Mango 

Stocksy United/Kirsty Begg Mangoes, often known as the "king of fruits," are high in potassium, folate, fibre, and vitamins A, C, B6, E, and K. They're also high in plant polyphenols, which have anti-inflammatory and antioxidant properties .

Mangoes, in particular, are high in mangiferin, a powerful antioxidant. It has been demonstrated in studies to protect the body from chronic diseases such type 2 diabetes, heart disease, Alzheimer's, Parkinson's, and cancer .

Mangoes also contain fibre, which promotes regular bowel motions and improves digestive health .




Watermelon 

Stocksy United/Kristin McKee Watermelon is a nutrient-dense summertime treat. Antioxidants including vitamins A and C, beta carotene, and lycopene are abundant in it. It also has a high potassium and magnesium content.

Watermelon, in particular, has a good source of lycopene, a pigment that gives watermelon its pink-red colour. Low levels of oxidative stress and inflammation have been linked to a lycopene-rich diet. Heart disease, cancer, and type 2 diabetes may all be reduced by the vitamin. Lycopene and beta carotene, for example, may give minor UV protection, lessen the risk of sunburn, and help your skin heal faster.







Dragon fruit‏

Also known as pitaya or pitahaya, ‏dragon fruit‏ is rich in many nutrients, including fiber, iron, magnesium, and vitamins C and E. It’s also an excellent source of carotenoids, such as lycopene and beta carotene (‏26).

People in Southeast Asian cultures have regarded dragon fruit highly for hundreds of years as a health-promoting fruit. Over recent decades, it has gained popularity in Western countries. 





Cherries‏

Cherries‏ are a great source of fiber and potassium, both of which are important for heart and gut health. 

They’re also high in antioxidant plant compounds, such as anthocyanins and hydroxycinnamates, which help protect the body from oxidative stress.‏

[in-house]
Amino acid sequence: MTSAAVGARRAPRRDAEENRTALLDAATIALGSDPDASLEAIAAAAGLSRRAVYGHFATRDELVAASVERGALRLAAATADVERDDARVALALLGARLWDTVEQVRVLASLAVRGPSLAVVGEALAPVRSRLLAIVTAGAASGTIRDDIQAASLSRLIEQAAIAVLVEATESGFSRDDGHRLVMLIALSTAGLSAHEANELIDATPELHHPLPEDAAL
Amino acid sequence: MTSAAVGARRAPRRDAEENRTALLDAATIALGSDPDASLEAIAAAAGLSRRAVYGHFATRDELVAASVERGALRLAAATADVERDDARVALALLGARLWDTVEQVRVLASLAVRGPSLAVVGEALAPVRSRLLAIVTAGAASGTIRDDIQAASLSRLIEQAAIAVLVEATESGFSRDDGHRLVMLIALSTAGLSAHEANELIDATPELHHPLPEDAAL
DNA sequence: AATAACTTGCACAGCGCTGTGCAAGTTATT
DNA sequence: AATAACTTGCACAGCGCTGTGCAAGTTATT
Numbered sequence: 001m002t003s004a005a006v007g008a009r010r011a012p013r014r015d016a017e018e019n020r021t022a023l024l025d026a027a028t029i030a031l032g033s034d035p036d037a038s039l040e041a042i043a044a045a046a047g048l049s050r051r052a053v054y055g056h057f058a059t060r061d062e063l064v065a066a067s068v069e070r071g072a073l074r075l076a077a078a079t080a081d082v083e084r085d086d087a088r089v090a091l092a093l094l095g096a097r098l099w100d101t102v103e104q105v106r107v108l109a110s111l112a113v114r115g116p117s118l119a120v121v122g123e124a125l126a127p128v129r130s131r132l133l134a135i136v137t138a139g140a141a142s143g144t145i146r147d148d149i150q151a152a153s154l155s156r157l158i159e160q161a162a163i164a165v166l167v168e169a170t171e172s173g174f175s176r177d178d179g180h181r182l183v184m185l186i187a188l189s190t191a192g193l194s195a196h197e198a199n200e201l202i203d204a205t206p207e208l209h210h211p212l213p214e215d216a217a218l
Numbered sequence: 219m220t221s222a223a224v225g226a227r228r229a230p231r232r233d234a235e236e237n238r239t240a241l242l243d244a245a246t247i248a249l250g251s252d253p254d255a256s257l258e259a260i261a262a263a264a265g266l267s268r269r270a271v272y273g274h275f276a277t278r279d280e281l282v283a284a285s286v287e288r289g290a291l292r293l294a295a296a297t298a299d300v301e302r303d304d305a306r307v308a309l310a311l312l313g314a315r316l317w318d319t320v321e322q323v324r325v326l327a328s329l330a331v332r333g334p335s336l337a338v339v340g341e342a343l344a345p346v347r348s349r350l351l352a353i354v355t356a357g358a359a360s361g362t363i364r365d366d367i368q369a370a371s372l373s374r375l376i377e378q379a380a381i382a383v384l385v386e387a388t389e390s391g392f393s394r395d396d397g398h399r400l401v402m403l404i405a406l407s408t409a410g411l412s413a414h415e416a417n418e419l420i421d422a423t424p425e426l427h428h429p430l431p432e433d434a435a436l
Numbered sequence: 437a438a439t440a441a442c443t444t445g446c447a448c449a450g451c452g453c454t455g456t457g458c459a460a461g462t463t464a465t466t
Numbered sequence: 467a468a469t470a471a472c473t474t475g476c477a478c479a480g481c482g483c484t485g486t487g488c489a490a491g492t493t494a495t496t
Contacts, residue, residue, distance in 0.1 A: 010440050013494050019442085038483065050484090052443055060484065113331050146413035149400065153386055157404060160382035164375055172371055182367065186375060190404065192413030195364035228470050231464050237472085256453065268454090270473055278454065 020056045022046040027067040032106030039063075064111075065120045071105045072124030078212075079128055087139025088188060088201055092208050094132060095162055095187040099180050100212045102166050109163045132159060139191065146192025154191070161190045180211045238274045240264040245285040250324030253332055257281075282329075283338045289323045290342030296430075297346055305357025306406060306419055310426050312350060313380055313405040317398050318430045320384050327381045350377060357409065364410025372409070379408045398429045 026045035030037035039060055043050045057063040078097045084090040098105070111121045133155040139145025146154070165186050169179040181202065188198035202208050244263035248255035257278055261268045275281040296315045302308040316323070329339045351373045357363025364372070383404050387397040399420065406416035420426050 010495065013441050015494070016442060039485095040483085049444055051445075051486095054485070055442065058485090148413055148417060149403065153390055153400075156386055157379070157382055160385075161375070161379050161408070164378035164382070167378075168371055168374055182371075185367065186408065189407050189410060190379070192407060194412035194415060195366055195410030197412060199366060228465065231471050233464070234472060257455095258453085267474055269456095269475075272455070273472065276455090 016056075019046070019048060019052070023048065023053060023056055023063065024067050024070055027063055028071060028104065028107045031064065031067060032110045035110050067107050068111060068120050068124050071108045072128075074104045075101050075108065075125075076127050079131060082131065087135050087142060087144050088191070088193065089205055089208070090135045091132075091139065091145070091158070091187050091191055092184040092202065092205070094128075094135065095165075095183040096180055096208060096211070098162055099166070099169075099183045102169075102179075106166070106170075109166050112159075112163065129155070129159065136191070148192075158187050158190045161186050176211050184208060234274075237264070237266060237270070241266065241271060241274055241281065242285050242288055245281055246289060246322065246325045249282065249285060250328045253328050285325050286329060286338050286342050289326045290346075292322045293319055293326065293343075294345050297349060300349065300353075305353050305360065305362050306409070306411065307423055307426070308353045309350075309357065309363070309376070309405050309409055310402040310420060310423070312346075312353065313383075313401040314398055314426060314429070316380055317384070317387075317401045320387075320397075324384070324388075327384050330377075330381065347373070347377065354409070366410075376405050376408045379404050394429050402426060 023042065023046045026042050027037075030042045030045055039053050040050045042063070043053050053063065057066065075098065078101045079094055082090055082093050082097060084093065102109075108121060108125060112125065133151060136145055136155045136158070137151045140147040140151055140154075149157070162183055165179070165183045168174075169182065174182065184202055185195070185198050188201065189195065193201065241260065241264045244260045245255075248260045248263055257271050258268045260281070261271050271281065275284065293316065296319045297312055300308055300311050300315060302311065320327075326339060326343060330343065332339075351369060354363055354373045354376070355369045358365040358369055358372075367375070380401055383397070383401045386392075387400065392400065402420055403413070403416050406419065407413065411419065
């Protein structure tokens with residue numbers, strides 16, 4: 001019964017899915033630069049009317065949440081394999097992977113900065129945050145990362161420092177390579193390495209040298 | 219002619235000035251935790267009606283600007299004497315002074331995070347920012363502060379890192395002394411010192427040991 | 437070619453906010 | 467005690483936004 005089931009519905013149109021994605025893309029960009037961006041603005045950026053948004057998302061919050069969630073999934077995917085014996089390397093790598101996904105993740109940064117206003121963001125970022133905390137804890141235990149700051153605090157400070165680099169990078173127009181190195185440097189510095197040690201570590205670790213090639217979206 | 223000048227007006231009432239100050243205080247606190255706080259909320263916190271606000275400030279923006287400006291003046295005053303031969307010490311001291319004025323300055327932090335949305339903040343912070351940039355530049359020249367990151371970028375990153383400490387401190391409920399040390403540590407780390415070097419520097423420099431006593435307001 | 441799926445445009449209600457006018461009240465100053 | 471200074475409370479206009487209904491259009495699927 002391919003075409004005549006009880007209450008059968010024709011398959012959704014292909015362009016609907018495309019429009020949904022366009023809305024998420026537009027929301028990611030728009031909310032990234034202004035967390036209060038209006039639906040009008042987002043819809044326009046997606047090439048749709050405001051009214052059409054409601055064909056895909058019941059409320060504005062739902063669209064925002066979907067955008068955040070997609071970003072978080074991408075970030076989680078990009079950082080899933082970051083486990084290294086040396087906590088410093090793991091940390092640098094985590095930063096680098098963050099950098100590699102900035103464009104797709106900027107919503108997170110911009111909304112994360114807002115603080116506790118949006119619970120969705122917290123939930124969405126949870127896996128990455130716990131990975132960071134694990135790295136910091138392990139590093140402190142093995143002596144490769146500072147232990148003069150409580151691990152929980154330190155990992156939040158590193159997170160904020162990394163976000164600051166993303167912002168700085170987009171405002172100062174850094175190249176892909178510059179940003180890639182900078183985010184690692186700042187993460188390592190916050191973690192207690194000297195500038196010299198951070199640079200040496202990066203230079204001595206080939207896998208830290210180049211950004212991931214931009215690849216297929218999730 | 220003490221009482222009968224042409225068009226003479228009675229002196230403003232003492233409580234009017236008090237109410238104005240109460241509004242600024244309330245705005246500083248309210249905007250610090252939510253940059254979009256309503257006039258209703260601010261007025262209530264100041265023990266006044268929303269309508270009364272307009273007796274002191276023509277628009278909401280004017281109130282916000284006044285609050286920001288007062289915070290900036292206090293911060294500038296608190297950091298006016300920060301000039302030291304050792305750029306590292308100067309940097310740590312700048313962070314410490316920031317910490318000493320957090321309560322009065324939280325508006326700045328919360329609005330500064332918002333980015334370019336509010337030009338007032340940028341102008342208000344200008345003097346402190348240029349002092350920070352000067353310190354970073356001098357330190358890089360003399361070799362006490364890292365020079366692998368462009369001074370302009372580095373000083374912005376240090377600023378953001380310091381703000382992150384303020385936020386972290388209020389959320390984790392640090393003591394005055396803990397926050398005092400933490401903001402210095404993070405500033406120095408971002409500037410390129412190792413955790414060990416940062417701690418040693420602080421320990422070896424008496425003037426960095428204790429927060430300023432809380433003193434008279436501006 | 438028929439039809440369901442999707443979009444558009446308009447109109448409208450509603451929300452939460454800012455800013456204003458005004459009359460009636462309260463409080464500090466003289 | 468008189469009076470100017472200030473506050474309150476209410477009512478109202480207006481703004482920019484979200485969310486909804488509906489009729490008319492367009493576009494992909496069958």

Furthermore, they’re a good source of serotonin, tryptophan, and melatonin, which support good mood and sleep. 







 Strawberries‏

Konstantin Trubavin/Westend61/Offset Images‏

Strawberries‏ are a favorite fruit for many. They’re delicious, convenient, and highly nutritious. In particular, strawberries are a good source of vitamin C, folate, and manganese .

They’re full of plant polyphenols that act as antioxidants, such as flavonoids, phenolic acids, lignans, and tannins.‏

In particular, they’re high in anthocyanins, ellagitannins, and proanthocyanidins, which studies have shown reduce the risk of chronic disease. 

Furthermore, they have a low glycemic index, meaning they won’t significantly affect your blood sugar levels 





Apples‏

One of the most popular fruits, ‏apples‏ are chock-full of nutrition.‏

They’re rich in both soluble and insoluble fiber, such as pectin, hemicellulose, and cellulose. These help you manage your blood sugar levels, promote good digestion, and support gut and heart health (‏2, 3, 4).

In addition, they’re a good source of vitamin C and plant polyphenols, which are disease-fighting compounds found in plants. In fact, consuming apples regularly may lower your risk of heart disease, stroke, cancer, overweight, obesity, and neurological disorders. 

Note that most of the polyphenols in apples are located just below the skin, so be sure to eat it to reap the greatest benefits.‏






Pineapple‏

Pineapple‏ is one of the most popular tropical fruits.‏

One cup (165 grams) of pineapple provides 88% of the DV for vitamin C and 73% of the DV for manganese. 

Manganese supports metabolism and blood sugar regulation and acts as an antioxidant. 

Pineapple also contains a number of polyphenolic compounds that have antioxidant and anti-inflammatory properties. 

Additionally, pineapple contains an enzyme known as bromelain, which people commonly use to tenderize meats. Anecdotal sources also claim this enzyme may support digestion, though there’s limited research on this. 






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